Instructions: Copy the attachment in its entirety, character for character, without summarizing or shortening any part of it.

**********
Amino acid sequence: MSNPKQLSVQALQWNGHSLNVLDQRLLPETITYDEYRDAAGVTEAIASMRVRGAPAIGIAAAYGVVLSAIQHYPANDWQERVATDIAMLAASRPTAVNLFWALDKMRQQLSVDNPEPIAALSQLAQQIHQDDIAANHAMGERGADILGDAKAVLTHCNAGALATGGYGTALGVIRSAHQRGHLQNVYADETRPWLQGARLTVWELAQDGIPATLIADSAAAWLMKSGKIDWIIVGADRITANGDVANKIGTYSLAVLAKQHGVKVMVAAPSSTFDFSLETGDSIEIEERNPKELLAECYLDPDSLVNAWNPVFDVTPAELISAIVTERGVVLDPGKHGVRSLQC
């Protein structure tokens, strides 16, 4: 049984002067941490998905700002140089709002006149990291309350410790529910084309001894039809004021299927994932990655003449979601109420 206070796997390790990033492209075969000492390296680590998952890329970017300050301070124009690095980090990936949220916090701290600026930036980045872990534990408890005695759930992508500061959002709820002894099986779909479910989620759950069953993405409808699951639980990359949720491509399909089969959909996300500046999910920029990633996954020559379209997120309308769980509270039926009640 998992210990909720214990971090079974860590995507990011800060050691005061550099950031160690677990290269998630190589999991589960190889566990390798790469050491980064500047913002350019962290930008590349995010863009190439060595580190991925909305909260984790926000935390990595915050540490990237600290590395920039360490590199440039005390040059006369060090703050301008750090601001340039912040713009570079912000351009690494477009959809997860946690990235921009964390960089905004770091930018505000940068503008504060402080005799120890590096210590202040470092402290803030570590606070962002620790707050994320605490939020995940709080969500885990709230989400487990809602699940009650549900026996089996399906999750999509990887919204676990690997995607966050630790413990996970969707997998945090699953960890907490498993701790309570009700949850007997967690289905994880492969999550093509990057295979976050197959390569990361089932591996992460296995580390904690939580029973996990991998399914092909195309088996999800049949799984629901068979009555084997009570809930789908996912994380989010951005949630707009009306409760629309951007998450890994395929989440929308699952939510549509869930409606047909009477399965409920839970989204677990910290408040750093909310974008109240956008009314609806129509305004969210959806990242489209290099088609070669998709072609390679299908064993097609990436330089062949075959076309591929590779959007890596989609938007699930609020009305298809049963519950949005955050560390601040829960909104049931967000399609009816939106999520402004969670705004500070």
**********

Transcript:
Amino acid sequence: MSNPKQLSVQALQWNGHSLNVLDQRLLPETITYDEYRDAAGVTEAIASMRVRGAPAIGIAAAYGVVLSAIQHYPANDWQERVATDIAMLAASRPTAVNLFWALDKMRQQLSVDNPEPIAALSQLAQQIHQDDIAANHAMGERGADILGDAKAVLTHCNAGALATGGYGTALGVIRSAHQRGHLQNVYADETRPWLQGARLTVWELAQDGIPATLIADSAAAWLMKSGKIDWIIVGADRITANGDVANKIGTYSLAVLAKQHGVKVMVAAPSSTFDFSLETGDSIEIEERNPKELLAECYLDPDSLVNAWNPVFDVTPAELISAIVTERGVVLDPGKHGVRSLQC
């Protein structure tokens, strides 16, 4: 049984002067941490998905700002140089709002006149990291309350410790529910084309001894039809004021299927994932990655003449979601109420 206070796997390790990033492209075969000492390296680590998952890329970017300050301070124009690095980090990936949220916090701290600026930036980045872990534990408890005695759930992508500061959002709820002894099986779909479910989620759950069953993405409808699951639980990359949720491509399909089969959909996300500046999910920029990633996954020559379209997120309308769980509270039926009640 998992210990909720214990971090079974860590995507990011800060050691005061550099950031160690677990290269998630190589999991589960190889566990390798790469050491980064500047913002350019962290930008590349995010863009190439060595580190991925909305909260984790926000935390990595915050540490990237600290590395920039360490590199440039005390040059006369060090703050301008750090601001340039912040713009570079912000351009690494477009959809997860946690990235921009964390960089905004770091930018505000940068503008504060402080005799120890590096210590202040470092402290803030570590606070962002620790707050994320605490939020995940709080969500885990709230989400487990809602699940009650549900026996089996399906999750999509990887919204676990690997995607966050630790413990996970969707997998945090699953960890907490498993701790309570009700949850007997967690289905994880492969999550093509990057295979976050197959390569990361089932591996992460296995580390904690939580029973996990991998399914092909195309088996999800049949799984629901068979009555084997009570809930789908996912994380989010951005949630707009009306409760629309951007998450890994395929989440929308699952939510549509869930409606047909009477399965409920839970989204677990910290408040750093909310974008109240956008009314609806129509305004969210959806990242489209290099088609070669998709072609390679299908064993097609990436330089062949075959076309591929590779959007890596989609938007699930609020009305298809049963519950949005955050560390601040829960909104049931967000399609009816939106999520402004969670705004500070």